How to Keep Bugs Out of a Pool
Many pool owners know what a nuisance bugs can be. With regular maintenance and some combative measures, you can prevent the bugs from taking over your pool! For water bugs, you need to first get rid of them with a dish soap solution and then remove the algae, which acts as the bugs’ food supply. To prevent bugs in the future, you should skim and run your pool daily.
Protecting the Pool Area
Run your pool pump for at least a 3-4 hours each day.Mosquitoes are drawn to stagnant water, so it’s important to keep the water in your pool moving. During the warmer months, when your pool is uncovered, make sure to turn on the pump for at least a few hours every day. The circulation will keep mosquitoes from landing or laying eggs in the water.
- You can either start and stop the pump manually or set your pool pump timer to run for 3-4 hours during the day automatically.
Chlorinate your pool daily to keep it at 3-4 ppm.Although chlorine alone won’t keep bugs out, it will help keep the pool clean and hinder the growth of any bug larvae. 1-4 ppm (parts per million) is a safe range for swimming, and a 3-4 ppm level in particular is best for keeping the pool clean and bug-free. You can choose from a variety of chlorine forms to use in your pool, such as tablets, granules, or liquid chlorine.
- Use a testing kit daily to check your pool’s chlorine levels and decide how much you’ll need to replenish them.
- To apply the chlorine, follow the instructions that come with your product.
- For example, you’ll likely place chlorine tablets in a floating dispenser, skimmer, or automatic chlorinator, then wait 1-3 minutes for it to dissolve.
Place a cover over your pool when it’s not in use.A cover is a necessary addition to your pool, especially when it comes to sealing out any pesky bugs. Use the cover during swimming season by taking off the cover whenever you’re ready to use the pool and replacing it whenever you’re done swimming. In the cooler months, when the pool isn’t being used, keep the cover on permanently.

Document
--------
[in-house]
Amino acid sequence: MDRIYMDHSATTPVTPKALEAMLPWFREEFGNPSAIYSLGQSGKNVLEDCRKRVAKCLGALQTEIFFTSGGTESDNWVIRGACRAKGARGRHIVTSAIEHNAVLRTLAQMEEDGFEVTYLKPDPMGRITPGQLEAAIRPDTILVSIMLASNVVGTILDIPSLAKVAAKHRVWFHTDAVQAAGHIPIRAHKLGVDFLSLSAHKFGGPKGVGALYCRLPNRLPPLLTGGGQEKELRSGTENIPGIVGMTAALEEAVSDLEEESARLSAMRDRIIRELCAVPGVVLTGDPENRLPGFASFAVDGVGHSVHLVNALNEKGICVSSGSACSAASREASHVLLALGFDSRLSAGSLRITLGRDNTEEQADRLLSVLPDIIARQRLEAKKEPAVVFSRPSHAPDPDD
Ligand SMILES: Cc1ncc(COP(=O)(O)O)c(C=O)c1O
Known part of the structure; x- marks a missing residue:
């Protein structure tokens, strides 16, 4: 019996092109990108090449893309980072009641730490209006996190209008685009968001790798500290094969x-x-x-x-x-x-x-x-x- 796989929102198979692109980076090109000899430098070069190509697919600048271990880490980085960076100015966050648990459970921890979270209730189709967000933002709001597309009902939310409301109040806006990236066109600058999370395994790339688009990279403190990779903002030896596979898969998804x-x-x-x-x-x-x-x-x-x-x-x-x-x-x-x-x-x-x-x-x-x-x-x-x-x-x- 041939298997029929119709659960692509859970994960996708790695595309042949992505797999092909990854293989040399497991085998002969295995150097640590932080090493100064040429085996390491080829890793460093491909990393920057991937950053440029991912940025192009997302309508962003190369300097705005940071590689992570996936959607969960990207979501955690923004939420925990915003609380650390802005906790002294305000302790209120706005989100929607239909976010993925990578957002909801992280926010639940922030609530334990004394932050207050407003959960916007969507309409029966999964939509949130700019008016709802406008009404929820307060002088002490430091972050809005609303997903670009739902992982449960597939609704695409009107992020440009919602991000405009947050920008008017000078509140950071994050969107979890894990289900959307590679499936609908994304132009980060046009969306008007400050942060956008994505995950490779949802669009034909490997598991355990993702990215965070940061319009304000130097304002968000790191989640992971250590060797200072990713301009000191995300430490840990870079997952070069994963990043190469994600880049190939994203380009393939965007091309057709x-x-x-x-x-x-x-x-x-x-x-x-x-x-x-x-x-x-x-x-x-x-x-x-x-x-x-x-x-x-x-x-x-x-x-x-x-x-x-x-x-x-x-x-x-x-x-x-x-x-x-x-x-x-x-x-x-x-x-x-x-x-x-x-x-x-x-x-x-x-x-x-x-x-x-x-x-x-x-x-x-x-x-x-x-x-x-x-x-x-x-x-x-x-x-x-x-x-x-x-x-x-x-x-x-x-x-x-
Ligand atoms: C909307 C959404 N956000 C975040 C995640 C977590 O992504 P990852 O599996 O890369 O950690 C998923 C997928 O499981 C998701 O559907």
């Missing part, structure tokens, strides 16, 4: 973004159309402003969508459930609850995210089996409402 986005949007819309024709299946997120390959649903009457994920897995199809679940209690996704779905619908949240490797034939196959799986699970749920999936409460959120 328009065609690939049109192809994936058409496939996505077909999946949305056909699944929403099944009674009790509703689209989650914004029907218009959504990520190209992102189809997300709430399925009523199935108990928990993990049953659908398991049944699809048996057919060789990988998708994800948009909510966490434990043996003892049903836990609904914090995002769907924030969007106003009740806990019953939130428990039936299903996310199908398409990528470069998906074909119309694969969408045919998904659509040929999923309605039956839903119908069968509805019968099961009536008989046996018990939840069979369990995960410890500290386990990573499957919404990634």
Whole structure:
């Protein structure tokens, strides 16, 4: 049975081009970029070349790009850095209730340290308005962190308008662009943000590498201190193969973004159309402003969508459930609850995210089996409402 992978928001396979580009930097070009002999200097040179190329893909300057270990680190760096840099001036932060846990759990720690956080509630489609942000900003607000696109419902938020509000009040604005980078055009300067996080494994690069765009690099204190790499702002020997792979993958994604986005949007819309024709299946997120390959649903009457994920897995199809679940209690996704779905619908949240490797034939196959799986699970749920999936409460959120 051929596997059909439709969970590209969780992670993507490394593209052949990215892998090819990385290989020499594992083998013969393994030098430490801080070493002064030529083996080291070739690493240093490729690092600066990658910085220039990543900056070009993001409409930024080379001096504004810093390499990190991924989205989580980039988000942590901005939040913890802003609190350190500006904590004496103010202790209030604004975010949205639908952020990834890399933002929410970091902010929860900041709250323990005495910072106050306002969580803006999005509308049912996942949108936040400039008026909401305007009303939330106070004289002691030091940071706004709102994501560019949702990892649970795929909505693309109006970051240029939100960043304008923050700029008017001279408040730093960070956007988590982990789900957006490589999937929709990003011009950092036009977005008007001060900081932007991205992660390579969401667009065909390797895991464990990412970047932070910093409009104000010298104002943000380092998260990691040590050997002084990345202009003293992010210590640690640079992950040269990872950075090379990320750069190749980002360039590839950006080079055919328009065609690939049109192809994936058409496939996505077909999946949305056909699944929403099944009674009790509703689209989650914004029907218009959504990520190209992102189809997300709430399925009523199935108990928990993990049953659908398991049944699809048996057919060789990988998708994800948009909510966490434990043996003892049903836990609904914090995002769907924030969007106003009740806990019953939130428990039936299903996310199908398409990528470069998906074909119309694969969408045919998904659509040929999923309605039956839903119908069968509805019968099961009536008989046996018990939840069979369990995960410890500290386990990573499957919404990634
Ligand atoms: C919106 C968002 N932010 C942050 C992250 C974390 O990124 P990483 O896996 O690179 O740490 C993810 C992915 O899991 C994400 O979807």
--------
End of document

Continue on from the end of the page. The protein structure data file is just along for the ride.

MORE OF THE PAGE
- If you don’t already have one, you can purchase a cover and manually place it over your pool’s surface. You can also have one installed with an automatic or semi-automatic cranking system.
- Purchase a pool cover from a home improvement store or through a cover installation service.
Drain any sitting water on your pool cover at least once a week.After placing the cover over your pool when the weather grows colder, make sure to monitor it closely. If any water collects from rain or nearby sprinklers, sweep it off onto the grass or dry it up with an old towel. Water turns stagnant after sitting for about 9 days, so check at least once a week.
- Checking once a day would be even better!
- Use a shop vac to remove large amounts of sitting water.
- If water seeps through a tear in the cover, repair the area as soon as possible.
Build a screened enclosure if you live in a tropical environment.To protect your patio and pool area from unwanted pests, you can put up a steel structure covered with fine netting walls around your entire swimming pool or deck area. You can either hire someone to install it for you, or you can put it up yourself with screen poles, quick-setting concrete, and a sheet of wire mesh.
- Keep in mind that this is the most extreme and expensive way to keep mosquitos and other bugs out of your pool area. This structure typically costs between ,600 to ,000 to install, so only use this option if you can afford it and it’s absolutely necessary.
- This method works especially well in areas like Florida and other Gulf Coast states, where mosquitos can run rampant and pose a real health problem.
Getting Rid of Algae
Gather your supplies and protective equipment before you start.To kill off the bugs’ food supply, you’ll need a 5 US gal (19 L) bucket, chlorine shock, rubber gloves, protective goggles, and a plastic or wooden stirring stick. Make sure to put on the gloves and eyewear before you begin working with the chlorine!
- You should also wear clothes that you don’t mind getting dirty, since the high concentration of chlorine can bleach fabric.
- Purchase a strong chlorine shock product with at least 70% available chlorine to remove both algae and bacteria.
Fill the bucket with water and stir in 1 lb (0.45 kg) of chlorine shock.Use a hose to fill up the bucket, then pour the package of chlorine shock straight in. Use your stir stick to combine the 2 ingredients until the powder dissolves into the water, stirring gently to prevent splashing.